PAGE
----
Short-term rentals are “in pretty high demand” in Knox County, Gottke said in a March interview, especially on weekends when local colleges host events like homecoming or graduation. The renovation of this property would be another step toward meeting that need.
“The hotels fill up pretty quick,” Gottke said, “so people are looking for something else.”
Gottke noted that “visions change,” and that nothing is final yet with the property, as the Landmarks Foundation still needs to collect rehabilitation estimates and secure funding for the project.
Still, he said the organization feels confident in the direction it’s heading. If all goes according to plan, Gottke predicts the Lustron Home could be refurbished in the coming months.
“I think we could probably get something done this summer,” he said, “but I don’t have a set date yet.”
The house at 6 W. Lamartine St. is Knox County’s last remaining Lustron Home. It is one of approximately 200 left in the state, according to Ohio History Connection, with roughly 2,000 remaining nationwide.
Lustron Homes took the U.S. by storm in the late 1940s, as they helped remedy the nation’s post-war housing crisis. The trendy, one-story bungalows were made in Columbus and marketed toward young families across the nation. An estimated 2,700 were built over a three-year span.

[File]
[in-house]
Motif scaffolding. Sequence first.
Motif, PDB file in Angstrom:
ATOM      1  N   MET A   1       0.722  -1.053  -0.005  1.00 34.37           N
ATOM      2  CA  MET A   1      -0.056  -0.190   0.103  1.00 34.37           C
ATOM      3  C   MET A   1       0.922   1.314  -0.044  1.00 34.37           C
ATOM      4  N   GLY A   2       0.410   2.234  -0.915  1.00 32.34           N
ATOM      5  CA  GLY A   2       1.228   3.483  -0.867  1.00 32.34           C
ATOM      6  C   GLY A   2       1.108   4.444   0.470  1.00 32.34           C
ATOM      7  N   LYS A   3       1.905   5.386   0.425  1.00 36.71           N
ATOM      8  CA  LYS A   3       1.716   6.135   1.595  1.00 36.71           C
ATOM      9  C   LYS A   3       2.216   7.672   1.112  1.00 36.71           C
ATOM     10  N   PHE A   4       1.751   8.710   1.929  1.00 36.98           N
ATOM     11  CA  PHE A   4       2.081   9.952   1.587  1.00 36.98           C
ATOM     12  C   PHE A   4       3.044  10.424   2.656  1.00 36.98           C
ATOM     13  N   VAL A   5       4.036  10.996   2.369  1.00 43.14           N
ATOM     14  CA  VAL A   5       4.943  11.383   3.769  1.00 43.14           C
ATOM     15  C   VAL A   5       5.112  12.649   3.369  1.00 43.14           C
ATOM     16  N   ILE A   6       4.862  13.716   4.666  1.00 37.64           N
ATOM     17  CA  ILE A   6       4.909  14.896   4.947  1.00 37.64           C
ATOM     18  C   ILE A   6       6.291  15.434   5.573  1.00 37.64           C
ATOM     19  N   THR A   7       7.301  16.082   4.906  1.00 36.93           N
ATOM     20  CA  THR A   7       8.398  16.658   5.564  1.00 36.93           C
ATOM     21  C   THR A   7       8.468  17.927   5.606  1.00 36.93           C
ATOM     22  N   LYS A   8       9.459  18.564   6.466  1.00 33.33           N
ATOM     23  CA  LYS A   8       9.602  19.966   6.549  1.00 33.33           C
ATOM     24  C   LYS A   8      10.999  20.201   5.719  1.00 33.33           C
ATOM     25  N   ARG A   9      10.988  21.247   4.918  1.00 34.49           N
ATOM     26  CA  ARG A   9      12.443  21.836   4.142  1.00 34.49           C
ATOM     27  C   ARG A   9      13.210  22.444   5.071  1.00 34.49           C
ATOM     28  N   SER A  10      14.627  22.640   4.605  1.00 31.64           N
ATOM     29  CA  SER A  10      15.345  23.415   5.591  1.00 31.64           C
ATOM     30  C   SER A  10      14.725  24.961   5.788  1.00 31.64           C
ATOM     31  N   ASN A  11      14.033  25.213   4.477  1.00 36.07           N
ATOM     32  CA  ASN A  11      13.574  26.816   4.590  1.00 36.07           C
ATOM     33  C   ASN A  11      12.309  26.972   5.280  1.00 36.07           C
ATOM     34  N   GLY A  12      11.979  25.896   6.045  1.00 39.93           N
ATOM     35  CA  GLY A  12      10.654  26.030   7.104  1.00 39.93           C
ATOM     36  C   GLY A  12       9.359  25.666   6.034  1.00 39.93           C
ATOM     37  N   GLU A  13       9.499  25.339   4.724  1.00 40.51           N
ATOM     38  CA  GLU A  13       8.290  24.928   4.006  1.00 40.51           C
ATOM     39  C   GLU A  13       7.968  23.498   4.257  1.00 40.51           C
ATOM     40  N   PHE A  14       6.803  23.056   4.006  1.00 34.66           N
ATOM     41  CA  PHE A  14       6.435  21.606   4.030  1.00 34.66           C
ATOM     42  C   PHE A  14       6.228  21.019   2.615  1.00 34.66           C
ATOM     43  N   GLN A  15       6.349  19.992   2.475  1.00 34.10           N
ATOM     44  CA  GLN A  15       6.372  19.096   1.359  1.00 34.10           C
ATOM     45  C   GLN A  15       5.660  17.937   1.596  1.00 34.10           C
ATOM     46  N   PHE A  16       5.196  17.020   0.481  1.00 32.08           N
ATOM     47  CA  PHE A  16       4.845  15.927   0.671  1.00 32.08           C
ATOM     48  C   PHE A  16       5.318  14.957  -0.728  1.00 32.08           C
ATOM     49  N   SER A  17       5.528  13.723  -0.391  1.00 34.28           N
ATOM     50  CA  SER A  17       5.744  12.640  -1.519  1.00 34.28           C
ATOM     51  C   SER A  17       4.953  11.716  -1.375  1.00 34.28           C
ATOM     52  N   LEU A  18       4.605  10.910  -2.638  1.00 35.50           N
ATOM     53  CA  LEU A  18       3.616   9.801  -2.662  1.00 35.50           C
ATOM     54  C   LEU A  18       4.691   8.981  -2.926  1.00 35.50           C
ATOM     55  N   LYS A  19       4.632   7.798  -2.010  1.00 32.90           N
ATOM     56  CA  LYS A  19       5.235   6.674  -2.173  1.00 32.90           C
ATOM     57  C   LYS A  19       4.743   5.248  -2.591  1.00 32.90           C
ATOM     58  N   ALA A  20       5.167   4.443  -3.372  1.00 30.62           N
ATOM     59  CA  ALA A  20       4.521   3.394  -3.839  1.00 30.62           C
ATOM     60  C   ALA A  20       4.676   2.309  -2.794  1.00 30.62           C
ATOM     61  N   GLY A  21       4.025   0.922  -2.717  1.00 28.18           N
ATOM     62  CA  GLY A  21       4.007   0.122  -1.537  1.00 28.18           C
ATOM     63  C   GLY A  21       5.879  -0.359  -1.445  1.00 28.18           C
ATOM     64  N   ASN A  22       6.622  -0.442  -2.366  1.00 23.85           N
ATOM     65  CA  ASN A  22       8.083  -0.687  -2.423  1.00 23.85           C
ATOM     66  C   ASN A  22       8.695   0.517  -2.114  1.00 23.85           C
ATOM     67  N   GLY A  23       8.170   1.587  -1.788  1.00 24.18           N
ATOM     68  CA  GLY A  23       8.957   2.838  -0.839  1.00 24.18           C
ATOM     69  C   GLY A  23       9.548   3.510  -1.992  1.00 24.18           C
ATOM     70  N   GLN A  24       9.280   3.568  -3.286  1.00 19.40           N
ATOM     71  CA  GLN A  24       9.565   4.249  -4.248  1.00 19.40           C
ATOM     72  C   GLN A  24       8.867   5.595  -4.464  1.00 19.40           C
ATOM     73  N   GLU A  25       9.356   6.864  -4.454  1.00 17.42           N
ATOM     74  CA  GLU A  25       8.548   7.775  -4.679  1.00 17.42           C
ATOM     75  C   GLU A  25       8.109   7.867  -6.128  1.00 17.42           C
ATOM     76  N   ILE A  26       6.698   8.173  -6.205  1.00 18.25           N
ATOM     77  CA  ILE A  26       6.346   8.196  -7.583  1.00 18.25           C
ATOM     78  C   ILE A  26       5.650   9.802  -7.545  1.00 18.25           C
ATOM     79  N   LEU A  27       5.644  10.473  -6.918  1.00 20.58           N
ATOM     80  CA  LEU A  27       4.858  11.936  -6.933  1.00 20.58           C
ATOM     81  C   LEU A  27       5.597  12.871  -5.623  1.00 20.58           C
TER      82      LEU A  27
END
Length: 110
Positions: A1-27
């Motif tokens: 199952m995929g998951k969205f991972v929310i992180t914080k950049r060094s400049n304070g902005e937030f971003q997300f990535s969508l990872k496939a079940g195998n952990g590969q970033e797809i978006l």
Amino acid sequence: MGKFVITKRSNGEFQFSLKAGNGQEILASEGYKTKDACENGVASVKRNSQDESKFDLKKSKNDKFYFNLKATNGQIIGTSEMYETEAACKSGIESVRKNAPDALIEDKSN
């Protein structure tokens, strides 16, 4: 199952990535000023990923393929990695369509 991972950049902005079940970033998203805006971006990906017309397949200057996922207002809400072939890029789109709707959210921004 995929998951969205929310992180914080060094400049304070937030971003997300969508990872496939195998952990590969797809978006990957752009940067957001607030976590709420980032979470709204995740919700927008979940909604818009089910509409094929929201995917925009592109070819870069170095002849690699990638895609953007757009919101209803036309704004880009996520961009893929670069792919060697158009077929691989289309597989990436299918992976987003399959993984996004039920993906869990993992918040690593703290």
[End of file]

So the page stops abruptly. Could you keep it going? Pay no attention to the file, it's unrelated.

The Landmarks Foundation bought the property at 6 W. Lamartine St. for $33,550 in 2018, according to records from the Knox County auditor’s office. Gottke said the previous owner had worked at a local manufacturing plant, but was forced to move when his job left town.
The home then sat vacant for 15 years before the city contacted the Landmarks Foundation about potentially buying the property.
“The city property maintenance officer knew that it was historic and knew me, so he called me and said, ‘Hey, this house is vacant, there’s squatters in it, the police had to chase them out the other day. Here’s the owner’s contact information, this might make a good project for the Landmarks Foundation,’” Gottke recalled.
The Landmarks Foundation, which works to preserve Knox County’s historic sites, jumped at the opportunity to repurpose the Lustron Home. Given the local and regional significance of the property, Gottke said the organization felt compelled to keep its legacy alive.
“Not only is it a national landmark, because there are so few of these things left… but the factory where they were built was in Columbus, so it’s of regional significance as well,” Gottke said in March.
“It also tells that story of 1950s Mount Vernon. We don’t talk about that a lot. We talk about all the Victorian buildings around town; we hear about Cooper’s, which goes back to 1833; but what was going on in Mount Vernon, in Knox County, post-war? That’s not something that we hear a lot about. So this helps to tell that story.”
To learn more about the history behind Lustron Homes and the property on West Lamartine Street, listen to this episode of Stories from the heart of Ohio from March 10: